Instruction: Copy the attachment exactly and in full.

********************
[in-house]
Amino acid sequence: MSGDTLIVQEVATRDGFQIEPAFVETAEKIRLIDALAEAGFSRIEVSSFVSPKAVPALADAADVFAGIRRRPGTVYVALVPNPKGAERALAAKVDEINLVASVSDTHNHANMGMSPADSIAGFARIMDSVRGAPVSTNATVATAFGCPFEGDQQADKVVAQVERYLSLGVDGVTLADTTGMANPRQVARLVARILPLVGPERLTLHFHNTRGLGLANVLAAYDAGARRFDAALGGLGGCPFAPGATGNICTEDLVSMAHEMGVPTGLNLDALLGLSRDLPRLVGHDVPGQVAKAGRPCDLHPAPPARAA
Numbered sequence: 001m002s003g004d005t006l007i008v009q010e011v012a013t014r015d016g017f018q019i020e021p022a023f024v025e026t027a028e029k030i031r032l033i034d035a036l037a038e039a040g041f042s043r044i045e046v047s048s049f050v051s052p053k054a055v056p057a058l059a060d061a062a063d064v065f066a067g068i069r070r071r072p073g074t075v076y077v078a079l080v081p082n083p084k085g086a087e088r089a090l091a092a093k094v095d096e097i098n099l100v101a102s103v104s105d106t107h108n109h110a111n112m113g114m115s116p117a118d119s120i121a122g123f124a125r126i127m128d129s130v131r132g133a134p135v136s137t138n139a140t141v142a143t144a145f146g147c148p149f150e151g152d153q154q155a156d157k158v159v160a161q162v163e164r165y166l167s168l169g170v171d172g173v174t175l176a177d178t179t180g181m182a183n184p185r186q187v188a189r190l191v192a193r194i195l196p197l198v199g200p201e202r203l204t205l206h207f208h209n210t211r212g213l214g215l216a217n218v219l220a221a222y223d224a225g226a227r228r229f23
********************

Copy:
[in-house]
Amino acid sequence: MSGDTLIVQEVATRDGFQIEPAFVETAEKIRLIDALAEAGFSRIEVSSFVSPKAVPALADAADVFAGIRRRPGTVYVALVPNPKGAERALAAKVDEINLVASVSDTHNHANMGMSPADSIAGFARIMDSVRGAPVSTNATVATAFGCPFEGDQQADKVVAQVERYLSLGVDGVTLADTTGMANPRQVARLVARILPLVGPERLTLHFHNTRGLGLANVLAAYDAGARRFDAALGGLGGCPFAPGATGNICTEDLVSMAHEMGVPTGLNLDALLGLSRDLPRLVGHDVPGQVAKAGRPCDLHPAPPARAA
Numbered sequence: 001m002s003g004d005t006l007i008v009q010e011v012a013t014r015d016g017f018q019i020e021p022a023f024v025e026t027a028e029k030i031r032l033i034d035a036l037a038e039a040g041f042s043r044i045e046v047s048s049f050v051s052p053k054a055v056p057a058l059a060d061a062a063d064v065f066a067g068i069r070r071r072p073g074t075v076y077v078a079l080v081p082n083p084k085g086a087e088r089a090l091a092a093k094v095d096e097i098n099l100v101a102s103v104s105d106t107h108n109h110a111n112m113g114m115s116p117a118d119s120i121a122g123f124a125r126i127m128d129s130v131r132g133a134p135v136s137t138n139a140t141v142a143t144a145f146g147c148p149f150e151g152d153q154q155a156d157k158v159v160a161q162v163e164r165y166l167s168l169g170v171d172g173v174t175l176a177d178t179t180g181m182a183n184p185r186q187v188a189r190l191v192a193r194i195l196p197l198v199g200p201e202r203l204t205l206h207f208h209n210t211r212g213l214g215l216a217n218v219l220a221a222y223d224a225g226a227r228r229f23